Delicate Flowers written and directed by Mark Rees of Single Story Theatre Company tells the story of Barbara Buttrick, a Hull woman who has rapidly risen to iconic status, through the telling and re-telling of her achievements in women’s boxing. Born in an era when women were expected to play the good housewife, have tea on the table, look pretty for their man, Barbara proved with her determination and fighting spirit, that women should be allowed to box, finally winning the Women’s Bantamweight Championship. ‘Not bad for a girl from Hull’ says Karen, a young boxer inspired by Barbara’s story
The play opens with a recording of Barbara’s voice, a forthright line immediately conveying her character from which the title of the work was derived.
Kat Rose Martin who plays Karen, is utterly convincing as the single mum fighting for a better life for her and her child, facing inequality and lack of opportunities in the modern day. Barbara’s story is woven inside that of Karen, with Karen finding the inspiration and encouragement she needs, from Barbara’s courage and no-nonsense attitude. The two stories running parallel works well and allows the audience a better understanding into what motivates both women past and present.
The familiar shape of the ring is taped out on the floor and the action takes place within. Kat has undergone a number of months training for the role of Karen, she is in peak physical condition and has a commanding stage presence: she boxes like she means business.
There are moments of humour and stinging emotion in the writing, the women in the audience laugh at the idea of Karen coming from a long line of ‘gobby’ women, then showing her vulnerability, she relives the moment when the baby’s father reject her and the baby. The tone shifts gradually throughout the play, beginning with boxing as nothing more than side show spectacle, later through the press articles of the day the full extent of the scorn and criticism Barbara faced is revealed. The emphasis changes again with the line ‘ boxing is beautiful’ highlighting the aspects of self -control and discipline, finally we have the words of legacy… ‘building blocks of women’s boxing’ further cementing Barbara’s achievements in the minds of the audience.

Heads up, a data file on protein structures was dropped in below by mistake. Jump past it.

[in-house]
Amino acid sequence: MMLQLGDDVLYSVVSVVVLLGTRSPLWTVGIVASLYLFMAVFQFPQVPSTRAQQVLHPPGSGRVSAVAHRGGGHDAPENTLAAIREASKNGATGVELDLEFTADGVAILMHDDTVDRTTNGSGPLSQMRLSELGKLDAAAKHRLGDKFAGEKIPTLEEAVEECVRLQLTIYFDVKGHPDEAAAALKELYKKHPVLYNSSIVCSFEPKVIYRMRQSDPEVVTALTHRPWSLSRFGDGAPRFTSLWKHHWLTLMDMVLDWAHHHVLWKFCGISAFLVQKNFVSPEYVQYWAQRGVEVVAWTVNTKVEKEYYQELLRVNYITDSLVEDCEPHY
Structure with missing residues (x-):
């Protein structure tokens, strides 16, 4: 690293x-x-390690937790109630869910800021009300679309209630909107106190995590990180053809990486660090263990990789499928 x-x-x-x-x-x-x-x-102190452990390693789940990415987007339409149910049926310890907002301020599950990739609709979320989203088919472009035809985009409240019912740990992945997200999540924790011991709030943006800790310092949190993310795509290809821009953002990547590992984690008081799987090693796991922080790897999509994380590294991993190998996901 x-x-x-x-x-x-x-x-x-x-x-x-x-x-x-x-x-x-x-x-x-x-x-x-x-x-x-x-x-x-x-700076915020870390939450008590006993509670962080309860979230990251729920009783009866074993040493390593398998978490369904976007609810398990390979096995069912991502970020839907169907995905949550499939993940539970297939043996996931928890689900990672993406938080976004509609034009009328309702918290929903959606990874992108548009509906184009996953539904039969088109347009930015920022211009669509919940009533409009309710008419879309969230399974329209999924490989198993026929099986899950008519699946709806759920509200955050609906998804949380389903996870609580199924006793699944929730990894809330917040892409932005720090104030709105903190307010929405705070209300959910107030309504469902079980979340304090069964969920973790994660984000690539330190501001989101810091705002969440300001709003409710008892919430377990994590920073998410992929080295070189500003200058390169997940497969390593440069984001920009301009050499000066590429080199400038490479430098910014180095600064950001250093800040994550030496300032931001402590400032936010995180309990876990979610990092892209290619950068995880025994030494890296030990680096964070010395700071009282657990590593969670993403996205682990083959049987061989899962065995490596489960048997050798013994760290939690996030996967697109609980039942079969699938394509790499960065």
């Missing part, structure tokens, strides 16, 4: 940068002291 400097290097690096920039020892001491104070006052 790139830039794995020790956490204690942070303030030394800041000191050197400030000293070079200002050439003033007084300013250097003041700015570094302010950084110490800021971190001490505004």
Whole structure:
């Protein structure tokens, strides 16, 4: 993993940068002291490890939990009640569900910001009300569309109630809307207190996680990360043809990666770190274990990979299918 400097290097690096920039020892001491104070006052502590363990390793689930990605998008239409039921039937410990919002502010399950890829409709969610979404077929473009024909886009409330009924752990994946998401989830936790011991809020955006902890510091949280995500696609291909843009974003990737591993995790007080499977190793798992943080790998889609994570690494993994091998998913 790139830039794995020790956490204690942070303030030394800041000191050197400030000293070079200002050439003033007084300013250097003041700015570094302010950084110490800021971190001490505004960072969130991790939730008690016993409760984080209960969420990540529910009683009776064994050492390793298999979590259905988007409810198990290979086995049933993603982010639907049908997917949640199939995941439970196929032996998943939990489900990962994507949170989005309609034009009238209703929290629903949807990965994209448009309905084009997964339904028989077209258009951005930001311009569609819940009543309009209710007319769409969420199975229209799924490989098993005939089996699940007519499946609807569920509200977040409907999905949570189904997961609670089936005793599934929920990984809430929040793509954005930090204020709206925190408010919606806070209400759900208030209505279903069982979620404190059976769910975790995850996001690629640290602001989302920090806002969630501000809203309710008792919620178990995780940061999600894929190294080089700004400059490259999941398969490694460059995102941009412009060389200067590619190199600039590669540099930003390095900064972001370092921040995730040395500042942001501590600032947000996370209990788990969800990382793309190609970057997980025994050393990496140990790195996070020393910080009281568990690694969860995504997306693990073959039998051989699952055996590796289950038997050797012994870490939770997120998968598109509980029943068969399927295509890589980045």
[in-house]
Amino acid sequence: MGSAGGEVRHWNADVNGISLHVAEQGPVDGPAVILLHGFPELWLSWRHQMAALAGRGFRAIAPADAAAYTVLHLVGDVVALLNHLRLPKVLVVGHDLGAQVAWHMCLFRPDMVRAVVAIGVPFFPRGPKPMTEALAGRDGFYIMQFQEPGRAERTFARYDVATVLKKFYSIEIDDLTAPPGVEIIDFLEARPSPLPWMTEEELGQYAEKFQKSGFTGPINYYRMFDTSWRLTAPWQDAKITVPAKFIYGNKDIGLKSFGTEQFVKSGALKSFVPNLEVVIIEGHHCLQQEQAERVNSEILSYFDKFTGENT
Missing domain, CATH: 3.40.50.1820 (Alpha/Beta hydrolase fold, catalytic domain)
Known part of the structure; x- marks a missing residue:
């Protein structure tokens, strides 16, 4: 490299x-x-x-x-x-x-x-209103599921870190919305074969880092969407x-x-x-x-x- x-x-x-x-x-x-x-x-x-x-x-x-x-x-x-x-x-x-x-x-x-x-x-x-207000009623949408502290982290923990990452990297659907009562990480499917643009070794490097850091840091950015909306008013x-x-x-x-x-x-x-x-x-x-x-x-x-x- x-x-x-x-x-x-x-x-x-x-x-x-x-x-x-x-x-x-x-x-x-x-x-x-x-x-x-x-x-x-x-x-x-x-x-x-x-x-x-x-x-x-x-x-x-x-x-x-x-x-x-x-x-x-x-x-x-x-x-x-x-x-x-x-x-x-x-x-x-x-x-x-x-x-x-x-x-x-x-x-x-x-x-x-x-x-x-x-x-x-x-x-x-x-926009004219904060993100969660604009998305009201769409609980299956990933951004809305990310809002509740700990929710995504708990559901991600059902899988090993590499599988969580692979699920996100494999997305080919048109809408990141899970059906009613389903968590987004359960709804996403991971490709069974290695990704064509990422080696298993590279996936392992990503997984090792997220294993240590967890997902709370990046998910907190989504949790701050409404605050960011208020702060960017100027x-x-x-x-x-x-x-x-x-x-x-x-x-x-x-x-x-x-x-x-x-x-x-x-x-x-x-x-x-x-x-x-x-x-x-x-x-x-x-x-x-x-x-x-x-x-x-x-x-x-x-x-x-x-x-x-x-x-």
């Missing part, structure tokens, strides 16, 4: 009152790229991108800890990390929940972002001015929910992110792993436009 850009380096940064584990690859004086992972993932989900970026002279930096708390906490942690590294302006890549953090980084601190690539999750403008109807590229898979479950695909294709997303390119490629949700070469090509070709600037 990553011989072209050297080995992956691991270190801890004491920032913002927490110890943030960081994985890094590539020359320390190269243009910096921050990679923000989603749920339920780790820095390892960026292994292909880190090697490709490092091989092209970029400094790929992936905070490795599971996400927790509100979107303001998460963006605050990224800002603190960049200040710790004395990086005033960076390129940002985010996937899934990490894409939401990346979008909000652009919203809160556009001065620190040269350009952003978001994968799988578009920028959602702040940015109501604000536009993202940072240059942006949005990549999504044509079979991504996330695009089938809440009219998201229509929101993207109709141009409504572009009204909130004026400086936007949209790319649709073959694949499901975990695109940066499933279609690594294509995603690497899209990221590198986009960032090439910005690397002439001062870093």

Purposefully taking the show to non-theatre venues in a twenty day run Single Story have sought to reach new audiences with Delicate Flowers. The local story has meant that the shows have gone down extremely well in schools, community centres and church halls across the city. The play was included in the Women of the World Festival supported by Hull 2017, where Barbara Buttrick was a guest of honour, being inducted into a women’s hall of fame referred to as The Trailblazers.
At the festival showing the show was proceeded by a training/dance sequence choreographed by Jo Ashbridge featuring pupils from St Mary’s School. The inclusion of the school pupils reinforces the inspirational story behind Delicate Flowers and symbolism of passing it onto the next generation. The final performance was suitably held inside St Paul’s Boxing Gym with the boxing club community and Barbara and her family in the audience. The family gave their approval to both the handling of the story and to Kat’s knockout performance.
Delicate Flowers and particularly Kat Martin’s powerful performance, have been well received by audiences, however there has been a caveat usually along the lines of… ‘I don’t like women boxing, I don’t like men boxing,’ but she’s really rather good isn’t she.’ It would seem that despite Barbara’s efforts and that of double Olympic Champion Nicola Adams, boxing for both men and women remains a contentious subject.
Delicate Flowers will not be the only re-telling of Barbara Buttrick’s story Hull Truck Theatre are to present a play called The Mighty Atom as part of their 2017 programme.
‘She’s not far off becoming a mighty atom herself.’
‘She’s just awesome.’
‘Completely owned the story of Karen.’
‘Shows you can achieve from any background.’